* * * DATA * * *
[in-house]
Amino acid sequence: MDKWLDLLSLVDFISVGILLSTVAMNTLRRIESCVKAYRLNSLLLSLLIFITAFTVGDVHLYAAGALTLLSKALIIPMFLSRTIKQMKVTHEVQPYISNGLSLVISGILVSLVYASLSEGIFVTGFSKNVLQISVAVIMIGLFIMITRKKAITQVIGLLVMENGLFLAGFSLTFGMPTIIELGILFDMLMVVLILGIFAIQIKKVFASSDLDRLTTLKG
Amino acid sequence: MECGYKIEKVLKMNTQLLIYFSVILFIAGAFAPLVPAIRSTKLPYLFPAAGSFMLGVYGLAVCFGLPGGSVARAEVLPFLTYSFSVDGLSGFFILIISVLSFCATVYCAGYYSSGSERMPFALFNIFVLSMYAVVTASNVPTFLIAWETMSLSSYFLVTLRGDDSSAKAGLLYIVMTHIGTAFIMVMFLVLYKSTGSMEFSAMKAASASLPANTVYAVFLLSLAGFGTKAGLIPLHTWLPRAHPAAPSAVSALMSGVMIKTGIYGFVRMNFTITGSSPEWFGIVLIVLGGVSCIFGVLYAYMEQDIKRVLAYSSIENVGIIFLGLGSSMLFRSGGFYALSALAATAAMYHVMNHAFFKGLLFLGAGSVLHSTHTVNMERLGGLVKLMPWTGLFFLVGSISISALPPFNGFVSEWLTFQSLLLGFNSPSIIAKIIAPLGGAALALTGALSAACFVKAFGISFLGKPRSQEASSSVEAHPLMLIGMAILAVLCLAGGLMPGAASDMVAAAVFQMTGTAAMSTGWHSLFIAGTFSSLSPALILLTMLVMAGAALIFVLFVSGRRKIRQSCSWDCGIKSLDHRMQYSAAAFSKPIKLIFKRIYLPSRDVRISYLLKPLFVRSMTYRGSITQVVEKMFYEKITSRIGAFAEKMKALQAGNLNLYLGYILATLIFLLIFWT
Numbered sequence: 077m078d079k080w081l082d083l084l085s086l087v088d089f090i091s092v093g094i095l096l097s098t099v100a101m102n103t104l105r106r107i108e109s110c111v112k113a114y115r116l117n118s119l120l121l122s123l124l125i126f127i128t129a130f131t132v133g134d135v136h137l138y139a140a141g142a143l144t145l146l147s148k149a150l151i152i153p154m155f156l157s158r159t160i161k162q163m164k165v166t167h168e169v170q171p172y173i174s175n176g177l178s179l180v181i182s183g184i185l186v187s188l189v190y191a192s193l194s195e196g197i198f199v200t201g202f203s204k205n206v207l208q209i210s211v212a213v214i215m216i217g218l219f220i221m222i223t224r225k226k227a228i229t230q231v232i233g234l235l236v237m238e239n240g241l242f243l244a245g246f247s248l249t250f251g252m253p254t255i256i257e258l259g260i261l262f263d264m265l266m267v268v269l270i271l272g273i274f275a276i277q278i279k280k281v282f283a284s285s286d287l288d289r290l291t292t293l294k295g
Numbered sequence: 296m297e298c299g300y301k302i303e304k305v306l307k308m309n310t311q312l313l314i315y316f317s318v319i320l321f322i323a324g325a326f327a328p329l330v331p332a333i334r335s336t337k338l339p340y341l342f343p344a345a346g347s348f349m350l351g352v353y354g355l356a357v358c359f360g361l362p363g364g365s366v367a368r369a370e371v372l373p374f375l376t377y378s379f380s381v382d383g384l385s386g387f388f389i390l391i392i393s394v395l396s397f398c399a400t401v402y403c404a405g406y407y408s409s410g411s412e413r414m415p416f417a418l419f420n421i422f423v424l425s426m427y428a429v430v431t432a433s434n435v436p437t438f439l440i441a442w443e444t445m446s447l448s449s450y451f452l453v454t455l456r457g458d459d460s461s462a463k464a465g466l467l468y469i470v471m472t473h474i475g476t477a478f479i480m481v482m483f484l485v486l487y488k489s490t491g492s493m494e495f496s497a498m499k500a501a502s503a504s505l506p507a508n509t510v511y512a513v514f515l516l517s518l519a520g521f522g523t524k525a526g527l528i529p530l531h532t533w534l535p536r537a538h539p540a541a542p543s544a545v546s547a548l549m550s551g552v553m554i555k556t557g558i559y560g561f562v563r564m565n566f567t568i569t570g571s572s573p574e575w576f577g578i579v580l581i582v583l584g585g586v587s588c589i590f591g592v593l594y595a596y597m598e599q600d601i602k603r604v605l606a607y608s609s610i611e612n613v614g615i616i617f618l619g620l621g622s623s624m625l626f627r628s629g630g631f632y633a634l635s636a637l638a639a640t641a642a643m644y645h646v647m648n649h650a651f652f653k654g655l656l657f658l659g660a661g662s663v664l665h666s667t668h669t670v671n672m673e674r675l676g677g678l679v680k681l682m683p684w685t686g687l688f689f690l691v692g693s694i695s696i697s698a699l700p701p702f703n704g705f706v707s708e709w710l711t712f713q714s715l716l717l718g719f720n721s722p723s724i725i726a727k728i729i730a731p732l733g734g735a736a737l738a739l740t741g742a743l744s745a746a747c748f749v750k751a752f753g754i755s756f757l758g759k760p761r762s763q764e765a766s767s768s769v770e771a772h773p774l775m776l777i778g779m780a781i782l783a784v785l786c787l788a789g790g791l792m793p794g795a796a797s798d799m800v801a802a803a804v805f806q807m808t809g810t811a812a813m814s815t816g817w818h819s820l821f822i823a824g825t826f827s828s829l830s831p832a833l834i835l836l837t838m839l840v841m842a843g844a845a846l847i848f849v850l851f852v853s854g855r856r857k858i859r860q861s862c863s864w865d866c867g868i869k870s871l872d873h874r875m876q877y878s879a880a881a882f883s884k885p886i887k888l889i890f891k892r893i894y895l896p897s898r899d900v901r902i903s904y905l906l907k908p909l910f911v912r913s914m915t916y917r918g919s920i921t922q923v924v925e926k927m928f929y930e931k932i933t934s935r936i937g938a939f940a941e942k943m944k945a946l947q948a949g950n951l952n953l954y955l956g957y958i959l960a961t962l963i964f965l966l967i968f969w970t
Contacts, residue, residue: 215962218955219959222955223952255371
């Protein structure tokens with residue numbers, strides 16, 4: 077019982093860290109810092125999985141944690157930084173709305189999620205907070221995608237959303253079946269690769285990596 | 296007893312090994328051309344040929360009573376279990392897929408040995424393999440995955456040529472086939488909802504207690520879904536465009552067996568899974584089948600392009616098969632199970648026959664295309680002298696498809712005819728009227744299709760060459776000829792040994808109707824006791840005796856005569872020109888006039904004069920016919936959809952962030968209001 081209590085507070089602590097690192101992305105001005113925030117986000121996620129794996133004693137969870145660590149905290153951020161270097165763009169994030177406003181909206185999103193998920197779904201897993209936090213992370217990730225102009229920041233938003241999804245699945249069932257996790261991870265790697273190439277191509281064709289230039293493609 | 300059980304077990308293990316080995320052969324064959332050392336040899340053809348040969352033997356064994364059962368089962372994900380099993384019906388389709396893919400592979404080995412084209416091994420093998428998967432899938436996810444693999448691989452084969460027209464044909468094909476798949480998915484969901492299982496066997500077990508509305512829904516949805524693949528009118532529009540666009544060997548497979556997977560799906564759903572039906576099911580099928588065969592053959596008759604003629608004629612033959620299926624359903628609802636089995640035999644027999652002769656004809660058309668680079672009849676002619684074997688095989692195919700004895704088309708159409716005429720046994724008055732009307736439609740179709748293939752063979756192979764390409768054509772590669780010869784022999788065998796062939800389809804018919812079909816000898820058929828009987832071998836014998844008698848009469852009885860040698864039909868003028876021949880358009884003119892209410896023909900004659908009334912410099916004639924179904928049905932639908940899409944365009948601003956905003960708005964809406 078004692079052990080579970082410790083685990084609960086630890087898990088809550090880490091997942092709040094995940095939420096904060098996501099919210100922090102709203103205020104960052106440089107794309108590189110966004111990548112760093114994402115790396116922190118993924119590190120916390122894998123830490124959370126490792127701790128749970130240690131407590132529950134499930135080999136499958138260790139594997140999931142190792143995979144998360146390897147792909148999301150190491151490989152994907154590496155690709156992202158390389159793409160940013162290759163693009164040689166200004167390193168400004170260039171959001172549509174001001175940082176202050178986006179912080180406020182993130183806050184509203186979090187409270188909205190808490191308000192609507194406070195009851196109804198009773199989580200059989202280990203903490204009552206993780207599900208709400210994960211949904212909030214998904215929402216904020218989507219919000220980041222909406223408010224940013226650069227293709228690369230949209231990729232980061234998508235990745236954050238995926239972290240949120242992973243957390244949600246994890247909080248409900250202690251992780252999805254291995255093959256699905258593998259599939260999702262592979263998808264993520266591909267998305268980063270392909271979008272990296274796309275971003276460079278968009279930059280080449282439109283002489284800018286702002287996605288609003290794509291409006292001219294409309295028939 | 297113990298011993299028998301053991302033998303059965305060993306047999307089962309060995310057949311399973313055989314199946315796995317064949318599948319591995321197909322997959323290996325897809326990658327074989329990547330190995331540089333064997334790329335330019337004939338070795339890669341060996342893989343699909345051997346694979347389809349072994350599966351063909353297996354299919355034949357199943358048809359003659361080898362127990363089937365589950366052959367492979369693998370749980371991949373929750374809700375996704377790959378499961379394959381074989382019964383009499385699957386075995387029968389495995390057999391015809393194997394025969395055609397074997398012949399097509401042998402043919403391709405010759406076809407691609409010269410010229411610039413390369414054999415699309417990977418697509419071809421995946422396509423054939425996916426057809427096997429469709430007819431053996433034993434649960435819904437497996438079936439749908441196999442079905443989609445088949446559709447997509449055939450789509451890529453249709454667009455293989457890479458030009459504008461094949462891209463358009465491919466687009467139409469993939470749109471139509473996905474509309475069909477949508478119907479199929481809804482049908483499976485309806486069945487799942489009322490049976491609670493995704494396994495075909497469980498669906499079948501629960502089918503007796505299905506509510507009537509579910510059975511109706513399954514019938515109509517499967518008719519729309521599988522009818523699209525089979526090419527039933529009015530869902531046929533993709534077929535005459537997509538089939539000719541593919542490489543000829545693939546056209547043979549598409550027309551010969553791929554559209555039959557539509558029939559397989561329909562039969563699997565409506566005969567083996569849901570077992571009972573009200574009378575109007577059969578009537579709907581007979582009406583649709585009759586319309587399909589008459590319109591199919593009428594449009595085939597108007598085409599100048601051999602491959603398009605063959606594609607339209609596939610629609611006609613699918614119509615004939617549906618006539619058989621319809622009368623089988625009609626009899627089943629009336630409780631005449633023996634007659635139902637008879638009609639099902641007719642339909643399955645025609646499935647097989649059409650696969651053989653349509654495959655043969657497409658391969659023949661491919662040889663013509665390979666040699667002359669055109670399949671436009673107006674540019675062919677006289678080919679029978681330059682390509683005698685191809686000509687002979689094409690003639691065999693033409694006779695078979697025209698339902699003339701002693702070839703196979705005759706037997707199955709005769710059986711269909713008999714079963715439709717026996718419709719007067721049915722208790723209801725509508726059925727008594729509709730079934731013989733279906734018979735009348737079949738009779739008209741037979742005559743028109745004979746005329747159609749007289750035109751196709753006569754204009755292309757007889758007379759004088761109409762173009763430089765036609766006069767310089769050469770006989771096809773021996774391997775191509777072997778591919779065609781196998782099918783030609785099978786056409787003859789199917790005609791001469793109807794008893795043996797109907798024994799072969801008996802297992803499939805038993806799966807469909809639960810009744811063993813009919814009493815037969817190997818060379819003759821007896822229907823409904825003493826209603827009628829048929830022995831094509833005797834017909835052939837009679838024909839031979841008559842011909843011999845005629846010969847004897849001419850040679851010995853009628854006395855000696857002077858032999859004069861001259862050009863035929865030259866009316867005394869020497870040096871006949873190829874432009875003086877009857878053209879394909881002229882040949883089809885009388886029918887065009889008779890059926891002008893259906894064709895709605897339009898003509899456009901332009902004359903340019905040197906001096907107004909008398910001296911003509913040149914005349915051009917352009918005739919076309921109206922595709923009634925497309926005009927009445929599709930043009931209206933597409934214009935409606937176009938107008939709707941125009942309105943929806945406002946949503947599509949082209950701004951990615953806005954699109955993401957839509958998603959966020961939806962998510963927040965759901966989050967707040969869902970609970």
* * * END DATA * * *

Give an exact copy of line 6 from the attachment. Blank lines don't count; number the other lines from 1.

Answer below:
Contacts, residue, residue: 215962218955219959222955223952255371